However, good control of blood sugar in these patients can significantly reduce this risk.
"We found that following a Covid-19 infection, the risk of death for patients with diabetes was significantly increased in comparison to patients without diabetes," said Stavroula Kastora from the varsity.
"We also show that good glycaemic control may be a protective factor in view of Covid-19 related deaths," she added, in the paper published in the journal Endocrinology, Diabetes and Metabolism.
The team reviewed findings from 158 studies that included more than 270,000 participants from all over the world to determine how Covid affects people living with diabetes.
The pooled results showed that people with diabetes were 1.87 times more likely to die with Covid, 1.59 times more likely to be admitted to ICU, 1.44 times more likely to require ventilation, and 2.88 times more likely to be classed as severe or critical, when compared to patients without diabetes.AA
Further, the researchers found that patients in China, Korea and the Middle East were at higher risk of death than those from EU countries or the US. They suggest this may be due to differences in healthcare systems and affordability of healthcare.
Diabetes is a serious medical condition where blood sugar levels are too high.
In 2021, approximately 537 million adults between the 20-79 years were living with diabetes, according to the International Diabetes Federation.
The total number of people living with diabetes is projected to rise to 643 million by 2030 and 783 million by 2045.
While diabetes increased severity of Covid, a recent study published in the journal Diabetologia, also showed people who have had Covid-19 infection are at increased risk of developing Type 2 diabetes.
"In light of the ongoing pandemic, strengthening outpatient diabetes clinics, ensuring consistent follow up of patients with diabetes and optimising their glycaemic control could significantly increase the chances of survival following a Covid infection," Kastora noted. (Agency)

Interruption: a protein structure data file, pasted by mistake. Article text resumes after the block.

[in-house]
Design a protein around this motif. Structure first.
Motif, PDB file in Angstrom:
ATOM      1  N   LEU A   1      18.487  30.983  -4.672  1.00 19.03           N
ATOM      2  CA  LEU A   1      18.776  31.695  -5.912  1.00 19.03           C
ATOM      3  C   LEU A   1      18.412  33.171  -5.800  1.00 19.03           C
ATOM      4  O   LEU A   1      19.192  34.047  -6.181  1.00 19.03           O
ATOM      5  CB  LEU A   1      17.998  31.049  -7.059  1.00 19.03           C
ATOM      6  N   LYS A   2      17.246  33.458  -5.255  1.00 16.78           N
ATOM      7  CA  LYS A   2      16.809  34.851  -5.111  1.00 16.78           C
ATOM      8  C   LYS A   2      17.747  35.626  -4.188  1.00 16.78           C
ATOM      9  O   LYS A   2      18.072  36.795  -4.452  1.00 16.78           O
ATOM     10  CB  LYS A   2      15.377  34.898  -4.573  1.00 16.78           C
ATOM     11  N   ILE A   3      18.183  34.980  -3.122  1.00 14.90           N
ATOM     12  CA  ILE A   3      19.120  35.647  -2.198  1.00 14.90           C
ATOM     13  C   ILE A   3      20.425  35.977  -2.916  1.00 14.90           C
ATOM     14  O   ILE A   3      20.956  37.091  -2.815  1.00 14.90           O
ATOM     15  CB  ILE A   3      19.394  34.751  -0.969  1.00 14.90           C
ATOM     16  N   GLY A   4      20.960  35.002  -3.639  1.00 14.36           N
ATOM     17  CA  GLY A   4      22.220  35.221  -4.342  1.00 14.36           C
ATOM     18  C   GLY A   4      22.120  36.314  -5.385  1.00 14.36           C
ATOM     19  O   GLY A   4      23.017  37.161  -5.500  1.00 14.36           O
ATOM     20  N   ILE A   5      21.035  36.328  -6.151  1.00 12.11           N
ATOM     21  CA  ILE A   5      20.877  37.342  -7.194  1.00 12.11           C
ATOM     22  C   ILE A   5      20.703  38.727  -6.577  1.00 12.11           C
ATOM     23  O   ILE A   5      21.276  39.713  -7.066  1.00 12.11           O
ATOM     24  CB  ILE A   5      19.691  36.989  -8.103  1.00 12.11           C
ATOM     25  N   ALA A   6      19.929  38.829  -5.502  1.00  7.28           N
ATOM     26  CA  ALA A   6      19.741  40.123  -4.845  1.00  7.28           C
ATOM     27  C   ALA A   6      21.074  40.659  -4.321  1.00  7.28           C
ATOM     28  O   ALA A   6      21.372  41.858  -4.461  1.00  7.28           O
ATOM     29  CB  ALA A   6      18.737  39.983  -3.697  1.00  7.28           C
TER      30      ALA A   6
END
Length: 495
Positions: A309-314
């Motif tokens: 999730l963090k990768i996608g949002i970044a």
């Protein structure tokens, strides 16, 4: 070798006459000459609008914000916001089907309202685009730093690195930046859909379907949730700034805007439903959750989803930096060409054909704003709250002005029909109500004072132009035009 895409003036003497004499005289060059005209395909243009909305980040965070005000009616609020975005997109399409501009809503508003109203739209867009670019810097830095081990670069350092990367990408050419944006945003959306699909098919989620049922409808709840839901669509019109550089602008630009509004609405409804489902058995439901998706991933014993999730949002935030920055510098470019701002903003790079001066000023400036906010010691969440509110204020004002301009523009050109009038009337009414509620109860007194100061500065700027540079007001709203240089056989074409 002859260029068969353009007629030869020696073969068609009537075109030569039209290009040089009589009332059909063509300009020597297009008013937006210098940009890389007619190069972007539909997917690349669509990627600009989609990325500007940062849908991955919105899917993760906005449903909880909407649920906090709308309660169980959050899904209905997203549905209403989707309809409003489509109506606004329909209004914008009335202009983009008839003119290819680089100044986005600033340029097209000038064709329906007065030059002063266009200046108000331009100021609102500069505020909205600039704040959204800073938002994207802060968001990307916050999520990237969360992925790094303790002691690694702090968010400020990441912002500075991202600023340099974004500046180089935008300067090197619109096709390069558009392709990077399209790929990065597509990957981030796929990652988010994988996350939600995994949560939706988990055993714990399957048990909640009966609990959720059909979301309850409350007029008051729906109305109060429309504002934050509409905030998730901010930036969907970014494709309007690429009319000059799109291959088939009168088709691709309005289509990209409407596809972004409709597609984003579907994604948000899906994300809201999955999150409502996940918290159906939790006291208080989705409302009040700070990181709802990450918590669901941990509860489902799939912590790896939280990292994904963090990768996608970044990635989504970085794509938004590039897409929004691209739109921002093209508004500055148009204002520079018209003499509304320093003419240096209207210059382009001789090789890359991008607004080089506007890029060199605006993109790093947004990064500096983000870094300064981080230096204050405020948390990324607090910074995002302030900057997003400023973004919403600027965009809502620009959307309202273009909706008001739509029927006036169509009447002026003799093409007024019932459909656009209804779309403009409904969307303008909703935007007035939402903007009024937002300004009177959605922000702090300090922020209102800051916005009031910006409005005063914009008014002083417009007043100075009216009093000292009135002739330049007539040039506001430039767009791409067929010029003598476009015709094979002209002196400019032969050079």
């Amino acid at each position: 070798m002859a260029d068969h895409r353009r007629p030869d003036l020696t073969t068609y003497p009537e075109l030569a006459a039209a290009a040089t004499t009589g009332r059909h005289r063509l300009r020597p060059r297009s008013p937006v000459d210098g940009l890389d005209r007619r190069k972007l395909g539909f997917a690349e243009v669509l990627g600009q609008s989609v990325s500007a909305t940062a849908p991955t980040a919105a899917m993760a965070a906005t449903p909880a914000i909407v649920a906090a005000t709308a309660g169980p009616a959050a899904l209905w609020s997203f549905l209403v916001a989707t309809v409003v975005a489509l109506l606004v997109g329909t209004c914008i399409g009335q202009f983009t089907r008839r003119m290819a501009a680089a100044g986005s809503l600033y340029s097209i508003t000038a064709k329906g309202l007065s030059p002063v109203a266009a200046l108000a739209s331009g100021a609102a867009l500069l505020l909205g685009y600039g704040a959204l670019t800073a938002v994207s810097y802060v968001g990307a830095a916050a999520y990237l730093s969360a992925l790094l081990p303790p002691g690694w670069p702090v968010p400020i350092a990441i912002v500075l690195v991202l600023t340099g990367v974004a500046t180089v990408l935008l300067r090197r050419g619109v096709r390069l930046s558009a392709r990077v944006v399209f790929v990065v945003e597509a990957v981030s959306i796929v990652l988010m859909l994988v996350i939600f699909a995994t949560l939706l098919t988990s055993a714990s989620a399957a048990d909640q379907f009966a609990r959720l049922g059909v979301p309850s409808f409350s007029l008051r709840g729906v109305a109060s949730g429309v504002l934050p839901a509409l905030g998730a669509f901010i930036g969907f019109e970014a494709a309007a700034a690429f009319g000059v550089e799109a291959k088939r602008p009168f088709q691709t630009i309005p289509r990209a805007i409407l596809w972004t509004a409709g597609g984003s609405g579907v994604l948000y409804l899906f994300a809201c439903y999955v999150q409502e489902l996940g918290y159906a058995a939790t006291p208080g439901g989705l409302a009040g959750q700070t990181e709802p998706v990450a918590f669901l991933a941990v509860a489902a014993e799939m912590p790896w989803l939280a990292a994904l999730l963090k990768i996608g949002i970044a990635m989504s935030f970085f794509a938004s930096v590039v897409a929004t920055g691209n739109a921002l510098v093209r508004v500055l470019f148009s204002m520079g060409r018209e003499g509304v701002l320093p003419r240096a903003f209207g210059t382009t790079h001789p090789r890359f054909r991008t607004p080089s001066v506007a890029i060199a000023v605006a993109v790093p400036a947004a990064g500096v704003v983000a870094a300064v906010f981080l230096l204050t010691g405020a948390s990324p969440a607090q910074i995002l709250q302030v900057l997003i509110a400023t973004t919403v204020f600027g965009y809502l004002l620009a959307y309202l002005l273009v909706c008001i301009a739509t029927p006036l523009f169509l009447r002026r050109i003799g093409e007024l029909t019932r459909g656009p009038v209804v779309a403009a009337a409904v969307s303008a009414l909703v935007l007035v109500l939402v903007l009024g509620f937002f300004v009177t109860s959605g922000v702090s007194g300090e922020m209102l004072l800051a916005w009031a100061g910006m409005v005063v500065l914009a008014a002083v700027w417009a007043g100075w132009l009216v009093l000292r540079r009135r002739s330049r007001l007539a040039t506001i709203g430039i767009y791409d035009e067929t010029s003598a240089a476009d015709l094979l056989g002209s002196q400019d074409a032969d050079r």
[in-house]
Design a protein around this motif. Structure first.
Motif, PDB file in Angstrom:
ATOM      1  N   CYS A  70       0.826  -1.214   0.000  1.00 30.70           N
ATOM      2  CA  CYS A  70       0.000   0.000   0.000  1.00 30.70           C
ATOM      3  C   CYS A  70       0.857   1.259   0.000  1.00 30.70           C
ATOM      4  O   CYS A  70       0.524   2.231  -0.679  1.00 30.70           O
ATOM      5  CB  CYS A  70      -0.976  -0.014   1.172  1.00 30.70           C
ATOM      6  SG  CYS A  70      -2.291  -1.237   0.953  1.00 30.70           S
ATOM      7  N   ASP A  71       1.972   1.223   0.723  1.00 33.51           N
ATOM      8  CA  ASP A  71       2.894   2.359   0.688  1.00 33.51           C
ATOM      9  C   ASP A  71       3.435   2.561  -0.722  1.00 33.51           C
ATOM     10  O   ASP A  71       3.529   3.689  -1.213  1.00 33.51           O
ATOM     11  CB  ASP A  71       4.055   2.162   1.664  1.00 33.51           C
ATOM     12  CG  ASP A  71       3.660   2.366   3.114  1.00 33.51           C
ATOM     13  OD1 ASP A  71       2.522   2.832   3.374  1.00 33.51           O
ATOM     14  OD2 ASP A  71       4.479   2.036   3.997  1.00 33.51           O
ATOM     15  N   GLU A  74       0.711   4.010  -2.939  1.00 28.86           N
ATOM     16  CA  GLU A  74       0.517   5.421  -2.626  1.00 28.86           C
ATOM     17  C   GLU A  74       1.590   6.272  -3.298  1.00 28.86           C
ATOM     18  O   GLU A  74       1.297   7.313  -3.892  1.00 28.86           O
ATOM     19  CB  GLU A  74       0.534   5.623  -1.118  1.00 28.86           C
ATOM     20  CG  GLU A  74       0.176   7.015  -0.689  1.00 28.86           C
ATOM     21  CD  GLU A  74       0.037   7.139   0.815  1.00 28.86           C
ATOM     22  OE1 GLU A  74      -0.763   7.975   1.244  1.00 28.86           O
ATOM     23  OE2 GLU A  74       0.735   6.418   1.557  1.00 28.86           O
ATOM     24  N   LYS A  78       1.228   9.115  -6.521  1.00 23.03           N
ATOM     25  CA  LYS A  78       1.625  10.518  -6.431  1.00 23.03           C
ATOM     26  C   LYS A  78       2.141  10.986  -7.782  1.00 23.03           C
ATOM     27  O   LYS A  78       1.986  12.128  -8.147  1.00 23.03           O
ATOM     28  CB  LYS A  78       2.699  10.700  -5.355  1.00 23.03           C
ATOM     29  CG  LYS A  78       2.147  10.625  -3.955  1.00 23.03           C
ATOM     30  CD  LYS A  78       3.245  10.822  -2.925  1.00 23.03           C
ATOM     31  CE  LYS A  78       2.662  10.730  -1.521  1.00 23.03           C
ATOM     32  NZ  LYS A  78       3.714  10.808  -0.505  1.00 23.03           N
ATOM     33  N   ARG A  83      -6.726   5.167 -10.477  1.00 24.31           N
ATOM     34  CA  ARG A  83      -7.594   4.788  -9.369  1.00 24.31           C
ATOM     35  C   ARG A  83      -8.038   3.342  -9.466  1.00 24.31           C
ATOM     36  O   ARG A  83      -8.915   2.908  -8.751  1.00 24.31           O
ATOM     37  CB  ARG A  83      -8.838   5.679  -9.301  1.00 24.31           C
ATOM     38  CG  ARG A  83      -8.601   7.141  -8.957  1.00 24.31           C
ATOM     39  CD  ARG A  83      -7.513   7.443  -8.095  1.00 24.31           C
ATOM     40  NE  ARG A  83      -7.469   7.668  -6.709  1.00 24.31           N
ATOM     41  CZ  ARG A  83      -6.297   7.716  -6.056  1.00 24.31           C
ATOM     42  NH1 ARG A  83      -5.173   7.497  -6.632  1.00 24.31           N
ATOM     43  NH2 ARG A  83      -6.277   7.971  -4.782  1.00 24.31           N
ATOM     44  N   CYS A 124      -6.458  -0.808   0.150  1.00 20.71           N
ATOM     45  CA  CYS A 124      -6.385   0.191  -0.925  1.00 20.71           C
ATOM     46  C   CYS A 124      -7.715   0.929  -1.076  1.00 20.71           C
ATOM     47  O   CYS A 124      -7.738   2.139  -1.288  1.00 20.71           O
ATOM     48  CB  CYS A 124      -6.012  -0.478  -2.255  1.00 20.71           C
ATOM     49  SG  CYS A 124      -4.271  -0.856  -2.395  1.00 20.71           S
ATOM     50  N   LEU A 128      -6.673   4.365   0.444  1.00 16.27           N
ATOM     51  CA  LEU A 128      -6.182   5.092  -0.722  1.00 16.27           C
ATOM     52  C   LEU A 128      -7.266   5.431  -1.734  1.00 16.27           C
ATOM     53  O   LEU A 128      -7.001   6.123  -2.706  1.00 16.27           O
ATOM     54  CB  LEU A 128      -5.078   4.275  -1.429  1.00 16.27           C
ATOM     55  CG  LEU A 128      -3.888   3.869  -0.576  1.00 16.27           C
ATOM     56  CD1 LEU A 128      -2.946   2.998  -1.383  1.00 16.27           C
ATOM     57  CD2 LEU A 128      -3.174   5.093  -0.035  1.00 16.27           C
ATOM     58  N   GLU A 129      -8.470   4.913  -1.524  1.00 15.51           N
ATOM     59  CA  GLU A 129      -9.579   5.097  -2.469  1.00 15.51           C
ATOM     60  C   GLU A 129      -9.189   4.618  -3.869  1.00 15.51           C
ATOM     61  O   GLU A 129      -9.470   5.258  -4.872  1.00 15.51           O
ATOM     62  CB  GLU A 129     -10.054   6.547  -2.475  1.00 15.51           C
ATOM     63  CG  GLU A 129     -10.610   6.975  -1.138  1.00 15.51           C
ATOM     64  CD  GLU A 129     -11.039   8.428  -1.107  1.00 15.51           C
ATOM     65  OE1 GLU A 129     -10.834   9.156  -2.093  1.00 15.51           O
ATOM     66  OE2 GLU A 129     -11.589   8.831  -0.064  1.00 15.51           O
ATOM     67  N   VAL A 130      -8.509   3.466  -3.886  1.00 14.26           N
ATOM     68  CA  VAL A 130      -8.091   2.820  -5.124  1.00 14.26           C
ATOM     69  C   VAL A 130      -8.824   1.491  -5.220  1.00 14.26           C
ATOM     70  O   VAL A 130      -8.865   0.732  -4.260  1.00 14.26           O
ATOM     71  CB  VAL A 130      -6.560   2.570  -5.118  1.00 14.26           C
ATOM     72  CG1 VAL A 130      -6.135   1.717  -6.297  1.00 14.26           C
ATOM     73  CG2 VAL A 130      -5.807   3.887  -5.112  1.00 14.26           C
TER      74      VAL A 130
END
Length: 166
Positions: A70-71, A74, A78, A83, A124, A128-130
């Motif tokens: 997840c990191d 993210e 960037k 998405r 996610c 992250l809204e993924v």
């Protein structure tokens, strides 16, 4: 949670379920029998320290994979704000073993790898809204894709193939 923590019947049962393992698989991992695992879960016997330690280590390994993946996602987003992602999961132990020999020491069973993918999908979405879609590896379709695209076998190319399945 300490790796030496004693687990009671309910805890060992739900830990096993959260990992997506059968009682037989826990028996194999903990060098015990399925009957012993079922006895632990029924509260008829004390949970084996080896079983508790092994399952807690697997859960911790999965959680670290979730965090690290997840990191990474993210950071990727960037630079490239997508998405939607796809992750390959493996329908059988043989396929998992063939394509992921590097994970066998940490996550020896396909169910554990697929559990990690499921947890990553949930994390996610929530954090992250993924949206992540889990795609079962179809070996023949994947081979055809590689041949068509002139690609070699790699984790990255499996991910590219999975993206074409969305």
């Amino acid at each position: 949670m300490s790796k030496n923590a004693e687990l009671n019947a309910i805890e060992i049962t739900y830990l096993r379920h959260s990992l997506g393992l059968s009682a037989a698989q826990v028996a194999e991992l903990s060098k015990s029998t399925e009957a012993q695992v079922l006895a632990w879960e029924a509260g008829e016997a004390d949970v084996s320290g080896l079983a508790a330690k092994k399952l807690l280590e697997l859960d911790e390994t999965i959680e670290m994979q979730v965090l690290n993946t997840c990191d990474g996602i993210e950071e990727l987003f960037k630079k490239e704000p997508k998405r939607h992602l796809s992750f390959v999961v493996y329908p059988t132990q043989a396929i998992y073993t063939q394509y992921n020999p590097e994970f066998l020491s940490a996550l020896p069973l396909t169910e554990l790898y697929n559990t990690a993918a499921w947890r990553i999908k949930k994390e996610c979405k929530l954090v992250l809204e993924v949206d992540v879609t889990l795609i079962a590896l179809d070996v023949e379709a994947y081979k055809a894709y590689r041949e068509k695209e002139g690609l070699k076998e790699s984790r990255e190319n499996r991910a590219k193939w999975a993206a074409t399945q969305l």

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Two years after infection with Covid-19, half of patients who were admitted to hospital still have at least one symptom, according to the study published in The Lancet Respiratory Medicine.
The study followed 1,192 participants in China infected with SARS-CoV-2 during the first phase of the pandemic in 2020.
While physical and mental health generally improved over time, the analysis suggests that Covid-19 patients still tend to have poorer health and quality of life than the general population.
This is especially the case for participants with long Covid, who typically still have at least one symptom including fatigue, shortness of breath, and sleep difficulties two years after initially falling ill.
"Our findings indicate that for a certain proportion of hospitalised Covid-19 survivors, while they may have cleared the initial infection, more than two years is needed to recover fully from it," said lead author Professor Bin Cao, of the China-Japan Friendship Hospital, China.
Six months after initially falling ill, 68 per cent of participants reported at least one long Covid symptom. By two years after infection, reports of symptoms had fallen to 55 per cent.
Fatigue or muscle weakness were the symptoms most often reported and fell from 52 per cent at six months to 30 per cent at two years.
Covid-19 patients were also more likely to report a number of other symptoms including joint pain, palpitations, dizziness, and headaches, pain or discomfort and anxiety or depression than non-Covid-19 participants.
Long Covid participants also more often reported problems with their mobility or activity levels than those without long Covid.
The authors also acknowledge limitations such as lack of control group of hospital survivors unrelated to Covid-19 infection.
The team emphasised the need for follow-up of Covid survivors, particularly those with symptoms of long Covid.
"There is a clear need to provide continued support to a significant proportion of people who've had Covid-19, and to understand how vaccines, emerging treatments, and variants affect long-term health outcomes," Cao said.